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For its first year of broadcasting Radio Caroline did not provide listeners with a news service. It was only after the arrival of Radio London in December 1964, with its hourly news bulletins, that Radio Caroline decided to introduce a similar service.

Australian DJ Graham Webb became News Director for the station and established the service – first on Caroline South and later on Caroline North. A team of newsreaders was recruited – two for each ship - and they gathered and presented the news, rather than the DJs as was often the case on other offshore stations.


The news service was branded as ‘Caroline Newsbeat’ and a very specific presentation style was set out by Graham Webb for the dedicated newsreaders on each ship to follow. (See right) This ensured a uniformity of style and created an authoritative ‘feel’ to what was essentially ‘pirated’ news.

 Courtesy: Pirate Radio Hall of Fame

The Caroline Newsbeat branding was dropped shortly before the introduction of the Marine etc Broadcasting (Offences) Act in August 1967 (MOA) – becoming just Caroline Radio News (and even attracting a sponsorship). Increasingly the onboard DJs also became involved in compiling and reading the news.

After the introduction of the MOA in the months until the stations were taken off the air in March 1968 staffing resources were stretched thinly. News bulletins became less frequent – either just at peak listening times or sometimes -  to give the illusion of an hourly service - a recording would be played in the time slot for three or four consecutive bulletins.

Radio caroline News

Caroline 1970’s and 1980’s news services

After returning to the air in 1972 and overcoming various technical and other issues Radio Caroline was able to introduce a news service again in January 1973. Bulletins were broadcast throughout the day, on the half hour.

Radio Caroline had a varied history throughout the 1970s, but did maintain some news service for most of the time it was on the air.

When Radio Caroline returned again in August 1983 it provided a regular news service at peak times (starting in September 1983). The bulletins were claimed to be sponsored by Newsweek magazine, but this may have been a case of free promotion to give the illusion of authority and respectability.

On-board DJs presented the news bulletins, and from January 1984 until mid-1985 there was a dedicated News Director – Jay Jackson (Crispian St John/Howard Rose). During the later 1980s the news service was under the direction of Steve Conway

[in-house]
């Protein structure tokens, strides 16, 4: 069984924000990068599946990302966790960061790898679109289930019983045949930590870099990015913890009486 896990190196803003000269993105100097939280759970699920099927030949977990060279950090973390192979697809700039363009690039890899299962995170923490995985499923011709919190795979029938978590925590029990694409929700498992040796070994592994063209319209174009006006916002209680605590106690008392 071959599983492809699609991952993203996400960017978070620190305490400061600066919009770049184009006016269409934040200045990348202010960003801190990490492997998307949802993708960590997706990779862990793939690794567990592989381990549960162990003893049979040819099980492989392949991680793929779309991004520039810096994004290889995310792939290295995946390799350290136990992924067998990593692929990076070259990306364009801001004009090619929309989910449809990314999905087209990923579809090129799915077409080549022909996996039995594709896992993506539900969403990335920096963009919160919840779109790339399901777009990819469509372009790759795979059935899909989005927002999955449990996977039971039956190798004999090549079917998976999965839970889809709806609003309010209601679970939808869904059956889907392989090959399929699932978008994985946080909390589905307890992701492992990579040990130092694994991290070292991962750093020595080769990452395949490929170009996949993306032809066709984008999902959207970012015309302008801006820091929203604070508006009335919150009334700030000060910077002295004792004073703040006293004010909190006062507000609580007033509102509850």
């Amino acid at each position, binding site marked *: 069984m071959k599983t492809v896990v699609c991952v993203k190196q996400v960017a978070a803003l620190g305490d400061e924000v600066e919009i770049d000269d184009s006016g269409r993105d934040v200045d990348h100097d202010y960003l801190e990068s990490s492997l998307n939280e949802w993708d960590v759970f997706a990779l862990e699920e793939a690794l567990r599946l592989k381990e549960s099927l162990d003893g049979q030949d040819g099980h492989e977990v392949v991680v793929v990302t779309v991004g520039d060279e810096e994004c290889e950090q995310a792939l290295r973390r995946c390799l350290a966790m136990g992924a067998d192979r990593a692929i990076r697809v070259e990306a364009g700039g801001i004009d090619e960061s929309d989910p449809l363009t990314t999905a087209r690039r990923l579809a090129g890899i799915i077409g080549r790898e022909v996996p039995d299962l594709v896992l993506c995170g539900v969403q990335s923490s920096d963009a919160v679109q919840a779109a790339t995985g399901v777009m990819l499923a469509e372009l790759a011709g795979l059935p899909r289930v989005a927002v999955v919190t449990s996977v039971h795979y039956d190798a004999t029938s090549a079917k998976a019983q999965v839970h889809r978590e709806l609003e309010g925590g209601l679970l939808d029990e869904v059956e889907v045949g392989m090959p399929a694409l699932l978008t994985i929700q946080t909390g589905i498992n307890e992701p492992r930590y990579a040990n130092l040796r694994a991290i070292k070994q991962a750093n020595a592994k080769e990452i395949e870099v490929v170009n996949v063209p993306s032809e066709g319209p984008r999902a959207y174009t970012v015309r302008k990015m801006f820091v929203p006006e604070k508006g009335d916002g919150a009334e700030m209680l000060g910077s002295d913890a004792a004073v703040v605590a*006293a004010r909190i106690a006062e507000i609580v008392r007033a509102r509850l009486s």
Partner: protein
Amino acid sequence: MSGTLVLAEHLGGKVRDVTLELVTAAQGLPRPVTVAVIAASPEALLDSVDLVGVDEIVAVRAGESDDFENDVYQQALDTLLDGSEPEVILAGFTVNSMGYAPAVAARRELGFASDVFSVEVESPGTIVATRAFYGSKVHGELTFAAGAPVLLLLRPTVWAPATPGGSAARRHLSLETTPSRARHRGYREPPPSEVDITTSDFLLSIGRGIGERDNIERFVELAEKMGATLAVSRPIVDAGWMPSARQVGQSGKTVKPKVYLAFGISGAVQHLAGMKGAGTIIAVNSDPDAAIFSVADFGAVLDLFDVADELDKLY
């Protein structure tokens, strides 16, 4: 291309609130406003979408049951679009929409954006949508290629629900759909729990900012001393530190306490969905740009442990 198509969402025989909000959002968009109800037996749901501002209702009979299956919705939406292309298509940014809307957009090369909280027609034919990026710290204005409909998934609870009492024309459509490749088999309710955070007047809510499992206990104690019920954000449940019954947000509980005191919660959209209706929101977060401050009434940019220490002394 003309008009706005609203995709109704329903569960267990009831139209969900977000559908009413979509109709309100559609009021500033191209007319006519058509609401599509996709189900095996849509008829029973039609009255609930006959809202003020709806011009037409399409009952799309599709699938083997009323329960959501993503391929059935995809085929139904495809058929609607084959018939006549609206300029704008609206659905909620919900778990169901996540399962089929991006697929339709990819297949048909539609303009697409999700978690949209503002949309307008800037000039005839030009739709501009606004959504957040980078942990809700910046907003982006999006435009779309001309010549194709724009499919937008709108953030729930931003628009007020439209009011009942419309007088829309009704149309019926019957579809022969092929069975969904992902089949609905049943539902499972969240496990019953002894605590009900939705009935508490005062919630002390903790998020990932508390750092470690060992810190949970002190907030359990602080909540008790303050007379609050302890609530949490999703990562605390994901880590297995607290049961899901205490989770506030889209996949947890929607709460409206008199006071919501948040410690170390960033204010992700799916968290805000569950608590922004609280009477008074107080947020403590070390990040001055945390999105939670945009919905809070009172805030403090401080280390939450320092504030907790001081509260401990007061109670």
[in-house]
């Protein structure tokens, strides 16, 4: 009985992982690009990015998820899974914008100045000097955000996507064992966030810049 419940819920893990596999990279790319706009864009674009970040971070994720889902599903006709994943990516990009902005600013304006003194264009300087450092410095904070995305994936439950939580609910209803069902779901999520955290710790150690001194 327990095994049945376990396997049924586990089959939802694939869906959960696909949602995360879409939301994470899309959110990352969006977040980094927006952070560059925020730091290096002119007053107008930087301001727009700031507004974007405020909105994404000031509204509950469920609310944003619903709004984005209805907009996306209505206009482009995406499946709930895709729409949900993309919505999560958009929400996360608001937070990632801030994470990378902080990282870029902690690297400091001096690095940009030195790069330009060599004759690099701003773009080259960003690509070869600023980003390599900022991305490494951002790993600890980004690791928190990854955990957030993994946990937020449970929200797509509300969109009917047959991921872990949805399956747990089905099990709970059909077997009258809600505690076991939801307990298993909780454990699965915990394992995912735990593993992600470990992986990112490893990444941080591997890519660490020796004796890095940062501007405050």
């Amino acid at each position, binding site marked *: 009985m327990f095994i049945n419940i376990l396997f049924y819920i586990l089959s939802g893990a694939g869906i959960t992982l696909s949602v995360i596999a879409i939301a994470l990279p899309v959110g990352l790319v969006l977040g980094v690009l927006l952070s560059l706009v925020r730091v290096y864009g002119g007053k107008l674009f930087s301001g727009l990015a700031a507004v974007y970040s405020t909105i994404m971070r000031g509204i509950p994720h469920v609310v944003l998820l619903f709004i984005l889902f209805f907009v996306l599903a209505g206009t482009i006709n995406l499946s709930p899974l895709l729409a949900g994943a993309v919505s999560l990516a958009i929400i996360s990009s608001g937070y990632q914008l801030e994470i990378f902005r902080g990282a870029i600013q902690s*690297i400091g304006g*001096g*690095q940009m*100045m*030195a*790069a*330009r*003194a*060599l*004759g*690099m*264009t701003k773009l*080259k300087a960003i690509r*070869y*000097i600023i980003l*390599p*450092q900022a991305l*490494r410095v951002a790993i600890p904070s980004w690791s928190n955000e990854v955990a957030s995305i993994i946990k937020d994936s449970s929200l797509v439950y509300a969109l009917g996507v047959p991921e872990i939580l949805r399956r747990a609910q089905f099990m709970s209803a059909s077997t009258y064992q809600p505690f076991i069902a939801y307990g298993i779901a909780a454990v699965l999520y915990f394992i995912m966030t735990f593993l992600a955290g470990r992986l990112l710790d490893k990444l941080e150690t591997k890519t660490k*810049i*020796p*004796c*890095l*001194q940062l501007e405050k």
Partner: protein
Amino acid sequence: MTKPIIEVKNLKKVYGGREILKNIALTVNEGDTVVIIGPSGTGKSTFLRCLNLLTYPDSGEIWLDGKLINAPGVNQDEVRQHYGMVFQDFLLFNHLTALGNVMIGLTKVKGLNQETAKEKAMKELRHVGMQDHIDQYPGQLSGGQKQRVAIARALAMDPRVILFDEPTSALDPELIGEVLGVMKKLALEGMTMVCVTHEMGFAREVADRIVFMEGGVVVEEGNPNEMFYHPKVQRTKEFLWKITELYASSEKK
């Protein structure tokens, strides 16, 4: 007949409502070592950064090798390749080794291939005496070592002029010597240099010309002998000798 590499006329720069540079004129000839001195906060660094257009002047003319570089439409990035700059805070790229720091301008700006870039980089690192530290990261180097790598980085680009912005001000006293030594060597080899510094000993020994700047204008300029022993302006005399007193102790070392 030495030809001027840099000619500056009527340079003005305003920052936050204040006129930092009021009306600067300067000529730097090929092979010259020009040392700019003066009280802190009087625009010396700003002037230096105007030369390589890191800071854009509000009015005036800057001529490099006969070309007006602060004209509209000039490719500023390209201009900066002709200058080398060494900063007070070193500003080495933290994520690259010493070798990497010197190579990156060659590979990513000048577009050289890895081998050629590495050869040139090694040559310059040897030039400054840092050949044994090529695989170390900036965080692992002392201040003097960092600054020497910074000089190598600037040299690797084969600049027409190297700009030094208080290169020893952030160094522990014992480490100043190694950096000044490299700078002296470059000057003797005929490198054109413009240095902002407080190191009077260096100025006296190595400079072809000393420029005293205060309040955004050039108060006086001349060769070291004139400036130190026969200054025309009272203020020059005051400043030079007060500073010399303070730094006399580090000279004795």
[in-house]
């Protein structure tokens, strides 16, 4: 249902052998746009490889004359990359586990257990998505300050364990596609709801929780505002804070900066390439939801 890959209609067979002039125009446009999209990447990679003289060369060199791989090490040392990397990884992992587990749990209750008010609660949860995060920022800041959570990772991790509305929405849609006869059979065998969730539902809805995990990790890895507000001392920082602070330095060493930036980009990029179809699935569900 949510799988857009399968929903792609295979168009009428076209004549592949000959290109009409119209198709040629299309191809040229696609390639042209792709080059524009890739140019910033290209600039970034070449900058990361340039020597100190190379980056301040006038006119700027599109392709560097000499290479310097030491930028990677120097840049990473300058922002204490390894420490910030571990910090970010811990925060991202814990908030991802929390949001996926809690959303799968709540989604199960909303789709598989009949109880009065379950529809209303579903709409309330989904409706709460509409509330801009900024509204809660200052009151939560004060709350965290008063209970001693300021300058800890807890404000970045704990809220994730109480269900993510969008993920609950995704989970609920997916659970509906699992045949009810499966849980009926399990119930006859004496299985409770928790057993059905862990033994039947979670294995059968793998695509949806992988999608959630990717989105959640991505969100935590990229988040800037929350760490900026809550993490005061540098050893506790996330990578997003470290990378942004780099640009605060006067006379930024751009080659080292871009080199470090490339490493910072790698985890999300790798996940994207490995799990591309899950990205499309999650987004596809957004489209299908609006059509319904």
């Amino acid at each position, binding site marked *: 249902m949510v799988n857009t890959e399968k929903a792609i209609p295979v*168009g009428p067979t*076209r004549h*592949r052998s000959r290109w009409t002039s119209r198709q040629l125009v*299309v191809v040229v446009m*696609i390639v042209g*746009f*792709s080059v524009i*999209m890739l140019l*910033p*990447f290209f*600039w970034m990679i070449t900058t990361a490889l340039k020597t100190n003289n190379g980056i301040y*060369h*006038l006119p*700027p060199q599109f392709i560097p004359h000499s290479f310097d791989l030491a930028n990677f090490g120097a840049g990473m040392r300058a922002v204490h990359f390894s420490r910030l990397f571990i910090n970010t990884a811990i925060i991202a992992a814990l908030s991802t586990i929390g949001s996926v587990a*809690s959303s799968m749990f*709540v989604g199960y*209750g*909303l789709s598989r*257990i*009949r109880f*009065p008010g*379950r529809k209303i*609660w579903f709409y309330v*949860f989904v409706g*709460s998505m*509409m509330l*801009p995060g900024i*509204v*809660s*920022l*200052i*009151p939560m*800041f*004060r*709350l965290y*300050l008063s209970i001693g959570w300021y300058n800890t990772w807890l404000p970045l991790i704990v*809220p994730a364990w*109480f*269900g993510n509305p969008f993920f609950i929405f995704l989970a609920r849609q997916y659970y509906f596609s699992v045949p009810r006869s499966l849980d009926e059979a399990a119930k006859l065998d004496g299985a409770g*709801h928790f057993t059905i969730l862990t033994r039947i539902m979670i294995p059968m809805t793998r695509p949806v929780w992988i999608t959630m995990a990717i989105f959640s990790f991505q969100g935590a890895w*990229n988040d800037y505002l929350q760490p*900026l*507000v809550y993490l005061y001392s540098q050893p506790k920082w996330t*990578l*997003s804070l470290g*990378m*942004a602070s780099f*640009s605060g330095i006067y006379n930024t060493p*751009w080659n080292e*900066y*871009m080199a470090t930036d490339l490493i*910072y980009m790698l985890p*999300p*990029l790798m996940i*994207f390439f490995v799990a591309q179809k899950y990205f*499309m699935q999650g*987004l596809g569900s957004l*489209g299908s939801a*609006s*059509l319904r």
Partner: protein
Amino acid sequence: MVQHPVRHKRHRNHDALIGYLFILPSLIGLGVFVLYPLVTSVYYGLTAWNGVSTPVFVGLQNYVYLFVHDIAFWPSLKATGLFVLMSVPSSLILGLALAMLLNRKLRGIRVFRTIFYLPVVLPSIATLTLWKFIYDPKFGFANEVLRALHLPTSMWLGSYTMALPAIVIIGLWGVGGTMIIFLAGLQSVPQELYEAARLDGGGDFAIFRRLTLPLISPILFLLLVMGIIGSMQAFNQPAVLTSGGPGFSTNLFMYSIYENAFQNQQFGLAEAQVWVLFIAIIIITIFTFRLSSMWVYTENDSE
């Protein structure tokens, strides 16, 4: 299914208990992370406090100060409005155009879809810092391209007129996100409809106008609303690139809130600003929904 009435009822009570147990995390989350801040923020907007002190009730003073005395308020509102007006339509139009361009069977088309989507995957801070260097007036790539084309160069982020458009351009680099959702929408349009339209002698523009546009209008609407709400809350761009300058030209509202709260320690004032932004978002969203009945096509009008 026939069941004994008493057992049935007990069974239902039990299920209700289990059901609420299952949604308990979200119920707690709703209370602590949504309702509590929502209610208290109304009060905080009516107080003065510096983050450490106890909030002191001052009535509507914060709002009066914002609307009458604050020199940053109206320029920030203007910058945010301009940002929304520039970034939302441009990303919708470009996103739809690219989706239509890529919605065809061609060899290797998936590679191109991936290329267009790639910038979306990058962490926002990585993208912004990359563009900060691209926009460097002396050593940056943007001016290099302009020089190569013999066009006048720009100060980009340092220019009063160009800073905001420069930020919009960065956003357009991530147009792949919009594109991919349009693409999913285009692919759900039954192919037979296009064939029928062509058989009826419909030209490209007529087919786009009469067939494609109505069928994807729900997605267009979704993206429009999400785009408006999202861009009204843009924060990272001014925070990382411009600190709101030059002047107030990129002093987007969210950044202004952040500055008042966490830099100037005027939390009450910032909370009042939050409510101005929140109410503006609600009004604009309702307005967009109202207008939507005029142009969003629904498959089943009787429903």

The Dutch services on Caroline’s ship, Ross Revenge,  (at various times Radio Monique, Radio 558 and Radio 819)  also provided a news service for their target audiences. Radio 558 initially obtained its news by shortwave telex link, but this had to be discontinued when it started to cause interference to the (shortwave) transmissions of World Mission Radio also from the Ross Revenge.

After a few weeks the news service  resumed when a telex machine was installed on the radio ship and used in conjunction with Teletext news, BBC Radio 4 and BBC World Service.

Both Caroline in the 1980s and the various Dutch stations also benefited from the availability of Teletext news services which removed the need to monitor a range of landbased broadcasters to gather news stories.

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Caroline Newsbeat Intro

Radio Caroline North sponsored news intro (Tor Line Ferries)

Caroline International - Bannerline News intro

Radio Caroline (1980’s) News intro - Newsweek Magazine)

Caroline Newsbeat jingle.mp3 RCN International - Bannerline News intro.mp3 RCN Tor Line news intro.mp3 News intro.mp3

Jay Jackson,  Radio Caroline News Director, 1984-85

Script for the 8.00am news on Caroline 558 on 27th October 1987.

The handwritten letter "M" next to three of the stories, are the three selected to be part of the shorter International bulletin on Radio Monique at 8.30 am.

Thanks to Caroline News Director, Steve Conway, for allowing us to include this historic item in the Gallery.

Click to enlarge

Left - The original Radio Caroline North news booth featuring an .Eddystone mutli-band shortwave radio and a Creed 7E teleprinter.

Right - the later Caroline North news studio became more sophisticated (note Don Allen on air in the main studio through the connecting window).

Photos: Kenny Tosh/Nick Bailey